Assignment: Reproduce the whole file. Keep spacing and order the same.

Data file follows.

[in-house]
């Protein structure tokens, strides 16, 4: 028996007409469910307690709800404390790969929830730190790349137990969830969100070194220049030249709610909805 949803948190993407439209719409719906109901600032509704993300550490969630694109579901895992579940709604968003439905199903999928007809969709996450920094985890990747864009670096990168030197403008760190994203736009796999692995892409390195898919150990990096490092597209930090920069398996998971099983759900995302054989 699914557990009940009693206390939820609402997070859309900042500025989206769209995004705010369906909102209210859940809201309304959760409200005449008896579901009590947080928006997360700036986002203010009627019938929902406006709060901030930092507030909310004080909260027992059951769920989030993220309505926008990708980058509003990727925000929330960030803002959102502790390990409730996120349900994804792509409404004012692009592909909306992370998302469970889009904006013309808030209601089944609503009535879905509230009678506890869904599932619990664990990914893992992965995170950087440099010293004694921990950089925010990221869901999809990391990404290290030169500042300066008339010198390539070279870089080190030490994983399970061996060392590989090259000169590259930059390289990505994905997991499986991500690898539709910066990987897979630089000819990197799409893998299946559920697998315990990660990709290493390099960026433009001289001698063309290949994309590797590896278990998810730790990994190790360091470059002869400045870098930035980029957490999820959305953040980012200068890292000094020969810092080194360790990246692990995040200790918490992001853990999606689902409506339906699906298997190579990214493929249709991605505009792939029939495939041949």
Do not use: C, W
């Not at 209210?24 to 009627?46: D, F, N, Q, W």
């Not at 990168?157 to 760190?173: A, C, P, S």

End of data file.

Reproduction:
[in-house]
């Protein structure tokens, strides 16, 4: 028996007409469910307690709800404390790969929830730190790349137990969830969100070194220049030249709610909805 949803948190993407439209719409719906109901600032509704993300550490969630694109579901895992579940709604968003439905199903999928007809969709996450920094985890990747864009670096990168030197403008760190994203736009796999692995892409390195898919150990990096490092597209930090920069398996998971099983759900995302054989 699914557990009940009693206390939820609402997070859309900042500025989206769209995004705010369906909102209210859940809201309304959760409200005449008896579901009590947080928006997360700036986002203010009627019938929902406006709060901030930092507030909310004080909260027992059951769920989030993220309505926008990708980058509003990727925000929330960030803002959102502790390990409730996120349900994804792509409404004012692009592909909306992370998302469970889009904006013309808030209601089944609503009535879905509230009678506890869904599932619990664990990914893992992965995170950087440099010293004694921990950089925010990221869901999809990391990404290290030169500042300066008339010198390539070279870089080190030490994983399970061996060392590989090259000169590259930059390289990505994905997991499986991500690898539709910066990987897979630089000819990197799409893998299946559920697998315990990660990709290493390099960026433009001289001698063309290949994309590797590896278990998810730790990994190790360091470059002869400045870098930035980029957490999820959305953040980012200068890292000094020969810092080194360790990246692990995040200790918490992001853990999606689902409506339906699906298997190579990214493929249709991605505009792939029939495939041949």
Do not use: C, W
């Not at 209210?24 to 009627?46: D, F, N, Q, W």
């Not at 990168?157 to 760190?173: A, C, P, S």